What are its goals?
If I feel healthy and capable of caring for my family, I’m better able to integrate myself into the systems that surround me.
But there’s this mentality that we’re immigrants, so we expect to have to wade through a long process to interact with the systems of this country. If we learn how to navigate these systems, we can operate so much more efficiently as a community.
Proyecto tries to be an organization that’s a little more assertive about why you should participate in your community. The whole world asks us where we’re headed. We’re headed toward getting residents to feel comfortable participating in the systems –educational, housing, health, and others — of their communities.
You use promotores. What is a promotor?
It’s a person who believes in him or herself and has undergone training — a person who can advocate for the improvement of their community.
How do they do that?
The promotor goes out and gets to know people who live in the community. They promote the leadership academies and spread the word among other residents, holding meetings, setting agendas for them. We don’t have the concept of a promotor who knocks on a door and hands out fliers for a clinic. They’ve taken on more of a leadership role.
Your nonprofit is directed by City Heights residents, and most of your promotores are too, which isn’t always the case in City Heights. Does that make a difference?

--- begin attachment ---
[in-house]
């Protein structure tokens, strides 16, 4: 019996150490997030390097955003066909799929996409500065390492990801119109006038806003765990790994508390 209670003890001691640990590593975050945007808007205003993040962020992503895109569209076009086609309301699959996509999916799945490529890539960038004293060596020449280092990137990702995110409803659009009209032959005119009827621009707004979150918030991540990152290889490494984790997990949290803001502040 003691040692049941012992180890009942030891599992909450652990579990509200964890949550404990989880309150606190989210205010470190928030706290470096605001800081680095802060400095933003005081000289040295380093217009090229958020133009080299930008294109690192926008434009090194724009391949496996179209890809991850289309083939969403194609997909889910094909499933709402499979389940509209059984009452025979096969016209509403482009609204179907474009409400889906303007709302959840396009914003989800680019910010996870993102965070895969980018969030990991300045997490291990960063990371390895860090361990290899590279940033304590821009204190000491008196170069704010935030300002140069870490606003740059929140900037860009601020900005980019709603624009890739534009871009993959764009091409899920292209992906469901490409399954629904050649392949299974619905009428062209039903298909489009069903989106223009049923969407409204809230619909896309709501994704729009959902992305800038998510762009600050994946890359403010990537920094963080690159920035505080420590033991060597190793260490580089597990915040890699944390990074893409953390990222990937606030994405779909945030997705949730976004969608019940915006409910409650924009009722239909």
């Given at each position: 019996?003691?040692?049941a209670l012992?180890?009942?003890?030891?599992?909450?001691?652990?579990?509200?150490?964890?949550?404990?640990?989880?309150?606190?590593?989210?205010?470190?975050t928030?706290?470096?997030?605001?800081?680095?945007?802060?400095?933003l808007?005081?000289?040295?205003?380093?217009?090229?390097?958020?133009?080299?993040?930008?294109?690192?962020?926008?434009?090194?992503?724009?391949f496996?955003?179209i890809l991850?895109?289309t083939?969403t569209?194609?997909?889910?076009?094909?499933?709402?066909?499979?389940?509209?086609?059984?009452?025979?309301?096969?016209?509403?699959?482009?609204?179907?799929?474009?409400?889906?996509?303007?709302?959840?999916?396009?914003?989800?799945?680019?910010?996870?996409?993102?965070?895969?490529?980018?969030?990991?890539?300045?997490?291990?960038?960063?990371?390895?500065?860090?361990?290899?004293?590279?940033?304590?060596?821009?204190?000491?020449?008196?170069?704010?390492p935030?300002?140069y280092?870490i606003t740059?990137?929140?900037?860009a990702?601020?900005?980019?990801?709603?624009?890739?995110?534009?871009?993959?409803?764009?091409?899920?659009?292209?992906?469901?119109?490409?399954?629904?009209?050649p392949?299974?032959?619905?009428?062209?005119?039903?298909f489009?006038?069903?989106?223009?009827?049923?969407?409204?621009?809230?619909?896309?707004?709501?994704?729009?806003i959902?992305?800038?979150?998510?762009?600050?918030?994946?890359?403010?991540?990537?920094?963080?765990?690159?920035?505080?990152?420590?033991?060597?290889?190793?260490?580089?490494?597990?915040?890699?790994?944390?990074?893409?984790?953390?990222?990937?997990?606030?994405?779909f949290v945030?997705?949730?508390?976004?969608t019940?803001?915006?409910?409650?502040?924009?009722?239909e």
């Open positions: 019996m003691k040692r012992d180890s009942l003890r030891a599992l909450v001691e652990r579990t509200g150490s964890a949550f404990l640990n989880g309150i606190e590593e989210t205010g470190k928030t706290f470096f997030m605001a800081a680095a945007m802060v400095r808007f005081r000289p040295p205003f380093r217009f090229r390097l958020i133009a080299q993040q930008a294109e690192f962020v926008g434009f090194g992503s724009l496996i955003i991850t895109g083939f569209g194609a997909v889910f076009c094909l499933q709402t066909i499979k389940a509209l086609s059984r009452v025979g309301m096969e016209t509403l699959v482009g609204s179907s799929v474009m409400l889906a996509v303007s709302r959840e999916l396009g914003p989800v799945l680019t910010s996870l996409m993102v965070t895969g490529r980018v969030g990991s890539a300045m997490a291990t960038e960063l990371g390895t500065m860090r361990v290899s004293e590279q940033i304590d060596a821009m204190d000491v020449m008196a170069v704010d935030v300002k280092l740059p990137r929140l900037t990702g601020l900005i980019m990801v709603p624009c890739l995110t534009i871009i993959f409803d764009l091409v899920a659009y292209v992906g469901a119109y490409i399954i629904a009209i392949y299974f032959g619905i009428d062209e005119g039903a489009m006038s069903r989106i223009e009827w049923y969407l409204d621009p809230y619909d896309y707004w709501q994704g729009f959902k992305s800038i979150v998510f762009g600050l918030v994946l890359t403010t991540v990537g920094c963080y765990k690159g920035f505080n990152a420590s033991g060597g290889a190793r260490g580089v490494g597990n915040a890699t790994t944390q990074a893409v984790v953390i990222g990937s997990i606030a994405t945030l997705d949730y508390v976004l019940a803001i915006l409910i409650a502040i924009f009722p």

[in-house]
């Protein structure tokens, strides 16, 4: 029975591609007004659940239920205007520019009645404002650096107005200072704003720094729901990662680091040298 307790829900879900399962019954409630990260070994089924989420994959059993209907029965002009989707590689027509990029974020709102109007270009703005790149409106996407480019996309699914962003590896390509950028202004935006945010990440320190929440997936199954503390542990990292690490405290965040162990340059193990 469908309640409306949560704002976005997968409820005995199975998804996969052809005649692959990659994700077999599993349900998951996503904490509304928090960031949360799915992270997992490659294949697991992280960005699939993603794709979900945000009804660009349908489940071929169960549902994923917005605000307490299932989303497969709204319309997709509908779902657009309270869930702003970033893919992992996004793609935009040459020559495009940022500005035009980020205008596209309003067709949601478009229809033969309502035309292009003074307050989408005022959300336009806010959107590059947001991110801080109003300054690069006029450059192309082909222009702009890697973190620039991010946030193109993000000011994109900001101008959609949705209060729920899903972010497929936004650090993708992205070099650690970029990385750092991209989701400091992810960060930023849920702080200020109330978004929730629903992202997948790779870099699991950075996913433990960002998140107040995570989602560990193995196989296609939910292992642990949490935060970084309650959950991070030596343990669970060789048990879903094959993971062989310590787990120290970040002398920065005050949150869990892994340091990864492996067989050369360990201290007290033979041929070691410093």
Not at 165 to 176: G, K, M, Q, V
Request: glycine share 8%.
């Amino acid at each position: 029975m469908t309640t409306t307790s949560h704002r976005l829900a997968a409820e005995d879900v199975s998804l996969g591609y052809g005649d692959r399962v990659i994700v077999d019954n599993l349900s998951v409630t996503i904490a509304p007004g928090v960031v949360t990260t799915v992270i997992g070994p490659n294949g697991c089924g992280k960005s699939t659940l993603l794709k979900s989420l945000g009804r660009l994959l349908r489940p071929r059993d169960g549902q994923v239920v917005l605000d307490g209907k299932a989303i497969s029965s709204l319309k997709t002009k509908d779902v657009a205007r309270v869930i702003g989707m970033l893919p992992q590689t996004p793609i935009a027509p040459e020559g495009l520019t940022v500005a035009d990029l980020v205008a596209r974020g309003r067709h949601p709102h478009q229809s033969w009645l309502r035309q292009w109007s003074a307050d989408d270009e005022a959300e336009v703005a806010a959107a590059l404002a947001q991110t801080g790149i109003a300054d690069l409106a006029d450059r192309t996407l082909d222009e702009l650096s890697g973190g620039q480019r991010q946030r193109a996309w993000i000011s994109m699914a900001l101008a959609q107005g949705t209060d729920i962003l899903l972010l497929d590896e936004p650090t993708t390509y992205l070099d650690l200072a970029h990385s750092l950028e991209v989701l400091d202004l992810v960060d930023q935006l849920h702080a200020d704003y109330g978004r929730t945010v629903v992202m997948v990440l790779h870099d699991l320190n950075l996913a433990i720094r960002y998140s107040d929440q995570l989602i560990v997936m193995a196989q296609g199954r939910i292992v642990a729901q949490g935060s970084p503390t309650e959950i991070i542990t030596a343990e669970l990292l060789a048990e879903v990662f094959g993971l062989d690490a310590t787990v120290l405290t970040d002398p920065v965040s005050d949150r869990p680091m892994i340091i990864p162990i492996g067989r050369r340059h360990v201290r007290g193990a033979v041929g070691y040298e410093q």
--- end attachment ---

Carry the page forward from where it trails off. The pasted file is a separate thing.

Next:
Absolutely. That’s a huge difference.
We may not all speak English, but we learn, we think, we’re intelligent people, and we can run an organization that can be on a competitive level with other nonprofits in the community.
Our focus is education, and that takes a lot of time. So we’re doing much longer term work, because we want to stay in City Heights. We don’t have as many programs as other organizations, but we have something that is long term.
Is it difficult as a small nonprofit to secure funding?
We’ve applied for lots of funding, but have not gotten the response we need. We’ve gotten small grants. I don’t know if they don’t trust us or if they don’t think we’ll succeed.
Is that because with grant applications, you have to quantify your impact in numbers and data?
How do you measure your impact?
We’ve graduated many people through our leadership academies. Each one has attracted more than 100 people. We can’t follow up with all of them, because we don’t have staff or funding. But we do know we’ve improved their ability to engage their communities.
You can’t always measure that in numbers, unfortunately. How do you measure when a person begins to believe in themselves? When they feel motivated to go out to clean their streets and get involved in their children’s schools?
You can’t. In several years we’ll be able to say that in City Heights, there’s a group of residents saying, this is what we want for our community. Time will determine those things. And we’ll still be here as residents.
— Interview conducted, translated and edited by ADRIAN FLORIDO